This conversation came about because of a lack of automated testing, a large manual testing regression pack and a fragile delivery pipeline. Our build pipeline was the culmination of two years of technical debt that had become so complex people were afraid to change it. This is a dangerous state to get into. It can lead to costly mistakes and it’s not great for morale. With the pipeline in this state, we were being held hostage by our own tools and this prevented us from being able to deliver at pace.
Migrate to Jenkins
We decided to migrate from TeamCity to Jenkins (in line with our overall engineering strategy) with a focus on scripting absolutely everything so that the amount of manual intervention was minimal.
We opted to write our pipeline steps to run bash scripts, which made the process agnostic and did not tie ourselves down to Groovy. Engineers from across the team could pick up the scripts and contribute, thus driving productivity and knowledge sharing.
The other key change we made was to move to a mono-repo. A mono-repo is a repository that stores code for multiple projects. Our engineers constantly worked across two interdependent projects and this proved challenging when developing and releasing. The mono-repo also allowed us to set conventions, standards and best practices across multiple projects and geographically dispersed teams.
We also adopted Lerna in order to manage our multi-package repository. Lerna helped the following:
- Detect which application package has changed
- Build the application package that has changed
- Push the package to a repository
- Deploy the package
Moving the entire Sun software landscape into the Mono-repo took place over the course of six months and was a collaboration between engineering and our operations team.
The efforts and investment here enabled us to release multiple times a day versus two to three times a week!
Deal with technical debt on a constant basis
Almost all software that is built has some level of technical debt. Technical debt is typically code that has grown complex, unmanageable and unmaintainable over time and is hindering the development of new and existing features.
The amount of technical debt you have and where the technical debt sits in your codebase will have an impact on your delivery timelines. Developers will usually overcompensate to account for time when dealing with sections of the codebase that are complex. This can lead to longer than expected builds and in some cases can end up extremely costly.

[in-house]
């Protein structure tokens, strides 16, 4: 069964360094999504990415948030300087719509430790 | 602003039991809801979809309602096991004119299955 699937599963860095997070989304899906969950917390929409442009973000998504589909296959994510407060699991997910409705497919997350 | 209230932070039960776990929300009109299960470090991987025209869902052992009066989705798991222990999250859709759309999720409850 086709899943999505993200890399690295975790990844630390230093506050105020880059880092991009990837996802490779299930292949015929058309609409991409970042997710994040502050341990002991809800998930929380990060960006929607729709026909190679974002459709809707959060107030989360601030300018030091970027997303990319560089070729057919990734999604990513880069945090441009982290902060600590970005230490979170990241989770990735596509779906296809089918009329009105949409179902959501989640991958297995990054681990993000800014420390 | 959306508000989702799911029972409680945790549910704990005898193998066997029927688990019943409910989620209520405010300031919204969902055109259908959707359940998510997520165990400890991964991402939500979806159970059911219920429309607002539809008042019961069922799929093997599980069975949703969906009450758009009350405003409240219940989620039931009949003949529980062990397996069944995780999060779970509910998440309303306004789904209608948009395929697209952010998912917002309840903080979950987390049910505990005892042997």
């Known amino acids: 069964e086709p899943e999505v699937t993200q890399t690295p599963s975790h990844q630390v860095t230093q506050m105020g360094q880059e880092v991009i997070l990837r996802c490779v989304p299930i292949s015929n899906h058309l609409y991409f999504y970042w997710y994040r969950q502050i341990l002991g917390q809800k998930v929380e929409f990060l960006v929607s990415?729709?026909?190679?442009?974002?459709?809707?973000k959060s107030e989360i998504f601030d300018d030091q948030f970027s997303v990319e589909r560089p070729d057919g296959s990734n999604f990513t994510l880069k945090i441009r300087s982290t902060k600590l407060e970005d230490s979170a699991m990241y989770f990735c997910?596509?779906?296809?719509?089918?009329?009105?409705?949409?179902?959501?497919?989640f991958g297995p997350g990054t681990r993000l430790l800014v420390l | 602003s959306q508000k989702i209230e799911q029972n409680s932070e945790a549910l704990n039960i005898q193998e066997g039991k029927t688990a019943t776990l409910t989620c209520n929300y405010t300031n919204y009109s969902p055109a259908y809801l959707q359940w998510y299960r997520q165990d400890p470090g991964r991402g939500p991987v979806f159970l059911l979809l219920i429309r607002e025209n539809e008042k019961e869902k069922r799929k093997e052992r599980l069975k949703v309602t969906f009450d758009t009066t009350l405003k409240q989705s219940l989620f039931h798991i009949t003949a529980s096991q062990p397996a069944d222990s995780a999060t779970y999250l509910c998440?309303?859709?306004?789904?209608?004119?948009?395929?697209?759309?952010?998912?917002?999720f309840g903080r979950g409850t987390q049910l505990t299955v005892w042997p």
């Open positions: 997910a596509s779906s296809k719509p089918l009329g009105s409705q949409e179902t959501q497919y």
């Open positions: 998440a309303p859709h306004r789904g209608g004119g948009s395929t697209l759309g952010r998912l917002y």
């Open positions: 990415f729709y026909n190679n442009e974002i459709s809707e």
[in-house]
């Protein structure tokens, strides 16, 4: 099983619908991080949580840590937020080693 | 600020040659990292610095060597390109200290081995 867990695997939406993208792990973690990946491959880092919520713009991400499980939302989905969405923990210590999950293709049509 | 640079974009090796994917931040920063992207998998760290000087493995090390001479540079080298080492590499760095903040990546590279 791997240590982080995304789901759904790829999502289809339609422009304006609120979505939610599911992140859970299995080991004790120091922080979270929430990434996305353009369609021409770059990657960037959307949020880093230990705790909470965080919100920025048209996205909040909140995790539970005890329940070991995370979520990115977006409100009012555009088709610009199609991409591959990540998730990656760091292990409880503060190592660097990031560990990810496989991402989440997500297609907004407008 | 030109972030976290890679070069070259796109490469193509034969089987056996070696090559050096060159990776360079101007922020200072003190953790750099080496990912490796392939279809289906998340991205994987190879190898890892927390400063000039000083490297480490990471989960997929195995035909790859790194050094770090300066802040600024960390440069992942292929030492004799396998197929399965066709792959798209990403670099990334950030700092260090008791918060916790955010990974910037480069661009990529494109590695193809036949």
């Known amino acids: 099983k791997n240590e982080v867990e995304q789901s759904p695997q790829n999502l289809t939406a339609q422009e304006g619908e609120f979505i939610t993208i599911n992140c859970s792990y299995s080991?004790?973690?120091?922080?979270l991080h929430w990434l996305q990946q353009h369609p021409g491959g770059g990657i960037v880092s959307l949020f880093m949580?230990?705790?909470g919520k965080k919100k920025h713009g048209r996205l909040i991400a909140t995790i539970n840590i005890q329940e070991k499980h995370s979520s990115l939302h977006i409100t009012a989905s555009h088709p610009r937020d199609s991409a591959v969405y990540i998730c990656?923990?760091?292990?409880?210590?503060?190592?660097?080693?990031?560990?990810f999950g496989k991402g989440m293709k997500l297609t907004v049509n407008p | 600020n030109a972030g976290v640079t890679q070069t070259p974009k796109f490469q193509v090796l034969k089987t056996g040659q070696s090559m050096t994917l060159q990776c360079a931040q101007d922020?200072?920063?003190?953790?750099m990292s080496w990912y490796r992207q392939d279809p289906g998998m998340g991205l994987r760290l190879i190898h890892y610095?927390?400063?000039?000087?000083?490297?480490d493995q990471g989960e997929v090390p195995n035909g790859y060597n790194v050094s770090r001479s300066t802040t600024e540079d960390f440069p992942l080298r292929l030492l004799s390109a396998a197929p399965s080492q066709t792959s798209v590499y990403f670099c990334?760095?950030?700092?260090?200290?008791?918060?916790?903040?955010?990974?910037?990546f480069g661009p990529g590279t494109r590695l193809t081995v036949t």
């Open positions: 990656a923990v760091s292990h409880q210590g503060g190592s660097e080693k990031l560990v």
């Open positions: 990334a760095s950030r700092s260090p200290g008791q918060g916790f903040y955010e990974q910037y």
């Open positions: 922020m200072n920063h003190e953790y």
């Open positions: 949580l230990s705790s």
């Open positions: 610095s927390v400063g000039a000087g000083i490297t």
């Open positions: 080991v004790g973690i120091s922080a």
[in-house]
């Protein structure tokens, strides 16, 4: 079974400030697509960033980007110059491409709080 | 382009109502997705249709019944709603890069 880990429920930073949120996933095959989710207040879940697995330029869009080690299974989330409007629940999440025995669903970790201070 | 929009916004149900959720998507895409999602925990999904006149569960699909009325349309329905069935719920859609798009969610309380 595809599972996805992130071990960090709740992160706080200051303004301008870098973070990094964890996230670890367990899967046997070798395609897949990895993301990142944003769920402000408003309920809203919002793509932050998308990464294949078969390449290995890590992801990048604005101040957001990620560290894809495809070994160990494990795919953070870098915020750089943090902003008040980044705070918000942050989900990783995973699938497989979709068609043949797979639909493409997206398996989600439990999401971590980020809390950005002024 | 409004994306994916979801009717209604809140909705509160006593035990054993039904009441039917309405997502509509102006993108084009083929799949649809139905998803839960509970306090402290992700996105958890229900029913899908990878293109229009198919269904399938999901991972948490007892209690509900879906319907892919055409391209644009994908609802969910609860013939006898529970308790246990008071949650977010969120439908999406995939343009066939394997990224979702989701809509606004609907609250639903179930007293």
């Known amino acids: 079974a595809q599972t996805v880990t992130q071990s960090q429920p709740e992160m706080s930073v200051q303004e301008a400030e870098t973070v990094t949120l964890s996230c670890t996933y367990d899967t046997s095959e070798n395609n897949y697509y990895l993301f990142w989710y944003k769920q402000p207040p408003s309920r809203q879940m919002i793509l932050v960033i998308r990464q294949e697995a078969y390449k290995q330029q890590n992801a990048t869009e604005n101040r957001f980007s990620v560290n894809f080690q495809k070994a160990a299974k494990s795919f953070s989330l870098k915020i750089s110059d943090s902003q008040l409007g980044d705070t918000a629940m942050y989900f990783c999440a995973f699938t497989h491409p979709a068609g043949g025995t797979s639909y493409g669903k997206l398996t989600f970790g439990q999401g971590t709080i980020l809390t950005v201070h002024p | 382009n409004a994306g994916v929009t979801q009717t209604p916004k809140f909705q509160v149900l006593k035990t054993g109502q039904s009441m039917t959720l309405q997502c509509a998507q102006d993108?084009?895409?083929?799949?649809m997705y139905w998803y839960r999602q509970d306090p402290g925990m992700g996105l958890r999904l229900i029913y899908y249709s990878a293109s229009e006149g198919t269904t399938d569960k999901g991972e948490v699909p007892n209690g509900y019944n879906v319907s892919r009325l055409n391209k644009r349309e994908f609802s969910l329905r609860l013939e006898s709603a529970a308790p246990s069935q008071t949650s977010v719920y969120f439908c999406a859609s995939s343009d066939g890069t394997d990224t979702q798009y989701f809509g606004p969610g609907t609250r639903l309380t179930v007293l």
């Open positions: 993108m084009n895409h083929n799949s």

Our codebase had passed through several pairs of hands over time. When this happens, a team of developers have built the functionality a certain way, then another team of developers proceed to rewrite it in a slightly different way without fully understanding the ramifications of their changes, leaving behind a mish mash of old and new code that don’t really work well together.
This, together with a lack of good unit testing, compounds over time to the point that you end with spaghetti code that your current engineers cannot understand, debug or extend.
The 20% rule
To unravel this we put a basic rule in place:
- Teams will spend twenty percent of their sprint per week on technical debt tickets.
This was sold to the business as a valuable piece of work required in order to unlock the ability to develop features faster. More importantly it was a culture change for the product and engineering teams. By dealing with technical debt, engineers felt empowered to improve the quality of the product as they now had the time and focus to deal with technical debt that had frustrated them for months. Product managers agreed that in order to be able to deliver a high quality product and deliver features faster to the business we must focus on dealing with technical debt.
To help us explain the problem to the business, the team spent a number of hours building a technical debt backlog that was prioritised by items that were impacting the development experience the most. By the end of these sessions, the team had identified thirty to forty tickets. Our goal was to use our twenty percent tech debt time to knock these on the head as fast as possible.
Below is an example of some of the work we undertook:
- Refactoring complex functions using a Test Driven Development approach to ensure the code was of high quality and stable.
- Removing legacy code that was not in use but still kicking around in the codebase.
Let’s be honest, none of this was plain sailing. Every organisation is working towards improving their products constantly and being a market leader in their area. Technology plays such a large part of these objectives and if the technology isn’t managed correctly, this will have a negative impact on the ability of a business to grow and can in the worst case, lead to failure.
Where are we now?
The engineering team continue to evolve having put in place good engineering standards and practices as well as culturally changing the way we work.
Based on the KPI’s that we set out we achieved the following:
- Release to production at least once per day ✓
- Reduce build time to production from developer machine to < 2 hours ✓
- Zero bugs introduced into production ✓
- Engineers can maintain the build pipeline ✓
By making the changes above we have improved the following:
- Our ability to deliver business value faster
- Improved the developer experience which keeps engineers happy
- Onboarding new engineers has improved, the code is less complex, easy to read and understand
- Confidence when releasing is at an all time high
- Reduced the manual testing effort down to a minimal
- Integration testing is kept up to date and automated as much as possible
We continue to work and educate our teams on DevOps principles and practices, chip away at any remaining technical debt as well as focusing on site performance.